- Uneasy Asylum: France and the Jewish Refugee Crisis, 1933–1942
This is an important book because it provides for the first time a fully documented picture of French attitudes and policies towards Jewish refugees in the approach to World War II and during the early years of the Vichy regime. Professor Caron has skillfully accessed an impressive range of French, American, and British archival sources, including most importantly French government and police files. Since the 1980s Vichy’s complicity in the Final Solution has been extensively investigated. How was it that a country which until 1940 had the reputation of being continental Europe’s leading liberal democracy could send 76,000 Jews to their deaths? The common assumption has been to regard Vichy’s antisemitic legislation as the logical conclusion of increasingly sharp anti-refugee measures in the 1930s. Such measures, it is said, were largely the result of traditional antisemitism.
Reality, as Professor Caron demonstrates, was much more complex. To be sure, as the Dreyfus case confirmed, the Third Republic carried a strong streak of antisemitism. Yet at the same time the Republic projected itself as the heir of the Enlightenment and the Revolution of 1789, offering political asylum to all comers. This was not empty rhetoric. Ironically, the very success of the Republic in fulfilling its sense of mission helps to explain the discriminatory measures of the 1930s. In the nineteenth century and through the interwar years successive waves of refugees from all parts of Europe found safety in France. In 1939 France was still the foremost nation of asylum in the world. Why, then, did attitudes change in the 1930s? The achievement of Professor Caron’s sensitive analysis is to show the complex interplay of a number of forces in the 1930s: depression, the resurfacing of traditional antisemitism, xenophobia, official appease ment policies, the role of the native Jewish community, fear of war and Communism, the collapse of 1940.
The crackdown on immigrants and refugees came in two phases. The first phase from 1934 to 1935 was driven largely by the economic fallout of the Depression. Politicians and middle-class groups strove to protect business and industry from what was perceived as excessive competition. The whole immigrant community—not just refugees—was targeted. A largely successful campaign was waged to oust foreigners from the middle-class professions, making it difficult, if not impossible, for a mostly middle-class refugee community to acquire the right to work. Jewish doctors, for example, found it impossible to secure employment in the provinces. Phase two followed in 1938 when the Daladier government’s appeasement policy impacted on the treatment of refugees. They were denounced as spies, warmongers, and fifth columnists. However, and this is one of Professor’s Caron’s major findings, it would be quite wrong to conclude that refugee policy became progressively sharper as the decade advanced. On the contrary, Leon Blum’s Popular Front cabinet of 1936 introduced a more humane [End Page 152] approach, overturning some of the hardline measures of 1934–35. Secondly, Professor Caron argues persuasively that “strong countervailing forces were at work throughout the 1930s that tended to mitigate the severity of many of the anti-refugee initiatives” (p. 5). In particular, Professor Caron highlights the existence of “a significant body of opinion sympathetic to the refugee cause” (p. 9). Were Jewish refugees betrayed by the native community? The main Jewish refugee committee has been accused of denying refugees adequate assistance and of collaborating with the authorities in seeking restrictive immi gration policies. According to Professor Caron, before 1936 these charges were largely justified. While native Jewish opinion was divided in its response to the reception of immigrants a group of hardliners dominated the community’s refugee relief. From 1936, however, moderate spokesmen prevailed, lobbying the administration for more liberal refugee policies.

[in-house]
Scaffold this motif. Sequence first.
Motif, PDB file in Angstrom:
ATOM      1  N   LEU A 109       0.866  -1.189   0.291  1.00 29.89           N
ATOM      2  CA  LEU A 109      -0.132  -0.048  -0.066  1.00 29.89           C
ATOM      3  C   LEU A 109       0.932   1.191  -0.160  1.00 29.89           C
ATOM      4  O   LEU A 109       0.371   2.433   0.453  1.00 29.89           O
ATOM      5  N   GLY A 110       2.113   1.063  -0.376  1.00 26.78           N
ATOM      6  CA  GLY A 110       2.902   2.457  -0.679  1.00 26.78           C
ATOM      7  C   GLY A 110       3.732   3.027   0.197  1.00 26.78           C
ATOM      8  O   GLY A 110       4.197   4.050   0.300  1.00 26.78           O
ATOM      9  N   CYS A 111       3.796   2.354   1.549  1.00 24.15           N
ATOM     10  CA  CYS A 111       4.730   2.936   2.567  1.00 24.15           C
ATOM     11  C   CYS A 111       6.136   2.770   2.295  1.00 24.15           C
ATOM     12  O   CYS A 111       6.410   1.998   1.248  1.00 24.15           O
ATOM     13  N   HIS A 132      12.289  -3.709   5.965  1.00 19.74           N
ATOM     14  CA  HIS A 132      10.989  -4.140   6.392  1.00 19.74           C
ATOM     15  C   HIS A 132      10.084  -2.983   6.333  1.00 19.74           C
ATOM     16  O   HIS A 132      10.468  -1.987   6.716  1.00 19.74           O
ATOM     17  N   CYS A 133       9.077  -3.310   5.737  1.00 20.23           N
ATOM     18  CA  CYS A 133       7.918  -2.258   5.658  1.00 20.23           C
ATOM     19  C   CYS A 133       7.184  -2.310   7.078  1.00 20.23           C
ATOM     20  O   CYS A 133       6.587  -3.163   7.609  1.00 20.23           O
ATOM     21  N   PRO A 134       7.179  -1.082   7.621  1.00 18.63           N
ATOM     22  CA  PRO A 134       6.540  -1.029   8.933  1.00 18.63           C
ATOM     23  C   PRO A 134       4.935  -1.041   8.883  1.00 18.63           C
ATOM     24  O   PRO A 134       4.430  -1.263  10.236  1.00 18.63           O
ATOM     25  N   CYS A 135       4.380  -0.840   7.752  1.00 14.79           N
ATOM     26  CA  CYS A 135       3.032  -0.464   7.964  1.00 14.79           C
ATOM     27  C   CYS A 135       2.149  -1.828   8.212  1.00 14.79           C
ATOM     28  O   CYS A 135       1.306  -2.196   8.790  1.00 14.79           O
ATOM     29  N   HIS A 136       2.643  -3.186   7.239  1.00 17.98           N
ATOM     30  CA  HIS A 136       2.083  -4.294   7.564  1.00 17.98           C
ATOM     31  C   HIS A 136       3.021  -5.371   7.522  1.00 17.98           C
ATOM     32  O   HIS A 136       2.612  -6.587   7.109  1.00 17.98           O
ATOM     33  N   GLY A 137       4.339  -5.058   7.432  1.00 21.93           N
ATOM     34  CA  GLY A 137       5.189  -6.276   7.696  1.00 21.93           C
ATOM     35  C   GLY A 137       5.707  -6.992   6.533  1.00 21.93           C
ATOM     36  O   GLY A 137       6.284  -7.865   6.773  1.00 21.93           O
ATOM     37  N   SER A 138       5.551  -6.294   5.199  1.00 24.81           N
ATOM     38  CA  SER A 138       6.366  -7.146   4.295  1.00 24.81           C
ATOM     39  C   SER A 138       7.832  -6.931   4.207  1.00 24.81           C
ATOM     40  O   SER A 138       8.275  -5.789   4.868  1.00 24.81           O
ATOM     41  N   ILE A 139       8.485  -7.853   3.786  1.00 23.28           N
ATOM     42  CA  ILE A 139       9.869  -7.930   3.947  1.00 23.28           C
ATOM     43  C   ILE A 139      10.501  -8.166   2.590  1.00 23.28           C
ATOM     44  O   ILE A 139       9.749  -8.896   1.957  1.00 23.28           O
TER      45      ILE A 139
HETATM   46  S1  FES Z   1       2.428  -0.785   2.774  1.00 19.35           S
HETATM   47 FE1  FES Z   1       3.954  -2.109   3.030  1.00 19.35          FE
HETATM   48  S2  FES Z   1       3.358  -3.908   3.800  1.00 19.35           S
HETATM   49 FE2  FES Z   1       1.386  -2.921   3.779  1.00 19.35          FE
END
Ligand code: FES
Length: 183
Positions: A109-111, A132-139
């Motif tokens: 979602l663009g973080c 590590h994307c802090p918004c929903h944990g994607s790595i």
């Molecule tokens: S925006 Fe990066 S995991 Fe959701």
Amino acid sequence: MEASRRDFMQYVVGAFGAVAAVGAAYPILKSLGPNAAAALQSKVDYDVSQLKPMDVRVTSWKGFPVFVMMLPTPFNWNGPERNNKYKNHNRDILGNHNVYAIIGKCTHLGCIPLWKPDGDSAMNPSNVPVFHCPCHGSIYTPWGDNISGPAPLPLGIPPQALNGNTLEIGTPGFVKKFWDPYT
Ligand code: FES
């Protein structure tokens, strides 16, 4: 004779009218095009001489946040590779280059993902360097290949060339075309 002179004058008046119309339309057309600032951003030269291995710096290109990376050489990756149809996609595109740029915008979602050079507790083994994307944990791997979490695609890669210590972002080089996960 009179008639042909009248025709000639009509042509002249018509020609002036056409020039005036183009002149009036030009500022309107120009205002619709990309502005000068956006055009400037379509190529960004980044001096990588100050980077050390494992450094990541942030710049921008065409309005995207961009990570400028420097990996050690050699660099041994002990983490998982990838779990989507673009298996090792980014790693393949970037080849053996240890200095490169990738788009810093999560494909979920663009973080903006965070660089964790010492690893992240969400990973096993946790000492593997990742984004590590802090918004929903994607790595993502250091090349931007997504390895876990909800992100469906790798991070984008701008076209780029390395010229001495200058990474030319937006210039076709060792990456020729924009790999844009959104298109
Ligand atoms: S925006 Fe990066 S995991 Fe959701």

If there was nothing inexorable about the advent of an antisemitic regime in 1940, how does Professor Caron explain the transition to Vichy? She rejects Gerard Noiriel’s emphasis on structural factors—the view that...